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Archive for July, 2008

NATO AWACS to Afghanistan?

Thursday, July 31st, 2008

This article first appeared on Aviation Week’s Ares weblog.

The German government is apparently starting discussions on whether to politically back a one-year deployment of NATO E-3 Airborne Warning and Control System aircraft to support the NATO mission in Afghanistan.

But there’s concern the issue could cause political waves. According to the German weekly news magazine, Der Spiegel, the government is trying to defer such a fight past the summer recess by not taking up the issue until September.

German government officials confirm that senior NATO military leaders have expressed interest in the AWACS deployment. But, they add, the request hasn’t formally been blessed by the alliance’s military committee.

The AWACS would be used largely to manage the large amount of NATO air traffic in Afghanistan, ranging from combat aircraft providing fire support to ground troops, to logistics flights, to helicopter operations.

Read the rest of this story, check out some killer Reaper pics, a sneaky read about a VTOL UAV and take a look at White Knight 2 from our Aviation Week friends at Military​.com.

– Christian

Stand By for More Counterinsurgencies

Thursday, July 31st, 2008

New National Defense Strategy posted by the Pentagon.

The BTDTs on the SCAR

Thursday, July 31st, 2008


Well, the snake eaters have come out from their hides and begun to comment on yesterday’s article about a test shoot I participated in with some SF Soldiers who demoed the SCAR.

Aside from the inevitable implication that somehow I was endorsing the weapon myself, the gist of the upcoming debate seems to be leaning toward the idea that the operators I interviewed haven’t spent enough time with the weapon and don’t know what they’re talking about.

In all candor, I would agree. No one is going to make a definitive judgment on a weapon’s capability from one day of firing. But first impressions are important — especially if they’re the impressions of Soldiers who will actually use the equipment — and that’s why I included them in an article for DT readers.

Here’s an interesting response from “CDRODA396” on the Professional Soldiers web forum:

The SCAR was originally a SEAL requirement, specifically they wanted a weapon that would fire immediately upon breaking the surface of water, as stated above it can do.

The main impetus behind the SCAR has not been USASOC, which they have not helped, but the main push has been SOCOM all along. Specifically an Infantry COL who is the PM down at Tampa. More recently, the Dpty G8, USASOC (18A) has been pushing it, going so far as to making the statement, “We are ready to accept the SCAR right now, and turn in our M-4’s to get it,” at the last SOCOM Weapons Integrated Product Team (IPT) meeting.

This is NOT the position held at USASFC, which is more fix its problems, prove it works and then we’ll move forward. MG Csrnko, CG, USASFC was briefed on the SCAR about two weeks ago. The VTC included all the Groups, USASFC, USASOC and USSOCOM, mainly represented by the O-6 PM.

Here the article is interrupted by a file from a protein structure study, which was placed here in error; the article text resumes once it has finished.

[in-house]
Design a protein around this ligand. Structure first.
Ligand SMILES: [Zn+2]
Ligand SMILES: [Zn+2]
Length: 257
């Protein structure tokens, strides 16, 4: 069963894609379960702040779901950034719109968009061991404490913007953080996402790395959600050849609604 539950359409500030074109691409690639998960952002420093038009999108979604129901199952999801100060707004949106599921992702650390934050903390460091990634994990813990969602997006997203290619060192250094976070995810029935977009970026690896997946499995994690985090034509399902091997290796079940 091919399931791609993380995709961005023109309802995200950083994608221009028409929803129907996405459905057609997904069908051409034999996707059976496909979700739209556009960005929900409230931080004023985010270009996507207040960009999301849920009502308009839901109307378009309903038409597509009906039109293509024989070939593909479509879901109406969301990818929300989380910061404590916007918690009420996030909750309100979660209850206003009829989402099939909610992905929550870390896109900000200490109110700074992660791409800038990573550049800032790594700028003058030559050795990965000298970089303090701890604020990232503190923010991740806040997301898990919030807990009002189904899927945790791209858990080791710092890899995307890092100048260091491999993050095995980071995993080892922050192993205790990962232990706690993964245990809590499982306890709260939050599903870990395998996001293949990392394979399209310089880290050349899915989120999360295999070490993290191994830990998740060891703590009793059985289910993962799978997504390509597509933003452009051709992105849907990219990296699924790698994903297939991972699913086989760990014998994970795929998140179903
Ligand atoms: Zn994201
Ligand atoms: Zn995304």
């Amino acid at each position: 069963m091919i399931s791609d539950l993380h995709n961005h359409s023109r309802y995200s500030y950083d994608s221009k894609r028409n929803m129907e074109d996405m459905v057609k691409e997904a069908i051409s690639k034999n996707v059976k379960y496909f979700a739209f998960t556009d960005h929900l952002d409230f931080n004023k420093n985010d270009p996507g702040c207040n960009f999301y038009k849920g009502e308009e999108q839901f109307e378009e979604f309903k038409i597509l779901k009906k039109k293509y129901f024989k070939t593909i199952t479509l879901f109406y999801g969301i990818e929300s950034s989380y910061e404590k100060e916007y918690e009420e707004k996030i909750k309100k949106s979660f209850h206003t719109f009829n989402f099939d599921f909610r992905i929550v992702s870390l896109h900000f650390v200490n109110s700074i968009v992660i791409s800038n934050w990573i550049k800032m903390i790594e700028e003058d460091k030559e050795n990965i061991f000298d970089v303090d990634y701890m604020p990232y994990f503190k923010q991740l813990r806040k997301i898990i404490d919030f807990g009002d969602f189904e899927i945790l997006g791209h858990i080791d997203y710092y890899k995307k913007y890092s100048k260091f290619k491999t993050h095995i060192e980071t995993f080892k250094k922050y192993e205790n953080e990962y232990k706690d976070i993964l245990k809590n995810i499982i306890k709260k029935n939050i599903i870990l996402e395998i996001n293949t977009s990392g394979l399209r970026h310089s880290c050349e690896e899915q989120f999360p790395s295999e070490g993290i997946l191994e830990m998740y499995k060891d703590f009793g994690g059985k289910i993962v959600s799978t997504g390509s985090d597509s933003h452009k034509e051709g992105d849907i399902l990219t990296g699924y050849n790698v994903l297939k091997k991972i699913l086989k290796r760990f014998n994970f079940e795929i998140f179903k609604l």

At that meeting the recurring problems, like the butt-stock breaking, identified over three years ago as an issue, and again found most recently in April (I think it was April, maybe May) at the last User Assessment, were highlighted.

MG Csrnko asked some good questions, including, and probably most importantly, has the thing really been tested in anything other than a “sterile range” environment, which the answer was no.

So, it has been requested by USASFC that the current “issues” get addressed, for good, and it get tested in a FTX, CTC type environment, being used, “like we are going to use it.” Until then, we are keeping the M-4A1.

And that’s what I know about that.

Let’s keep track of what these guys are saying. I’m interested to take a look at how others who’ve spent more time with the weapon feel about it. One commenter said: “start posting on this thread your issues with the wonderful SCAR that’s about to be force fed to you in large doses…It’s time to take the SCAR to task.”

– Christian

Iran’s Natanz Tough Nut to Crack

Wednesday, July 30th, 2008


Israeli Defense Minister Ehud Barak is in town this week to discuss with White House and Pentagon officials what to do about Irans nuclear program. Accompanying Barak is Israeli Transport Minister Shaul Mofaz; hes the former IDF chief who set off a firestorm recently when he said an Israeli military strike against Iran is unavoidable. Current IDF Chief of Staff Gabi Ashkenazi was here last week and met with his Pentagon counterpart, Admiral Michael Mullen. Ashkenazi reportedly said he favors a diplomatic solution, but also issued the standard declaration that all options must be prepared for stopping Irans nuclear program.

There has been considerable debate about whether Israel could even carry out an effective air strike against Irans nuclear program. Analysts say there are too many factories, labs and reactor sites dispersed too widely across the country. According to a 2006 paper published by two MIT doctoral candidates (one of the most thorough pieces of analysis available), it would be impossible for Israel to knock out the entire Iranian nuclear program but the target set could be narrowed to the most critical facilities. They identify the critical nodes as: the Esfahan uranium conversion facility, the gas centrifuges at the Natanz enrichment facility and the heavy water plant and future plutonium production reactors at Arak.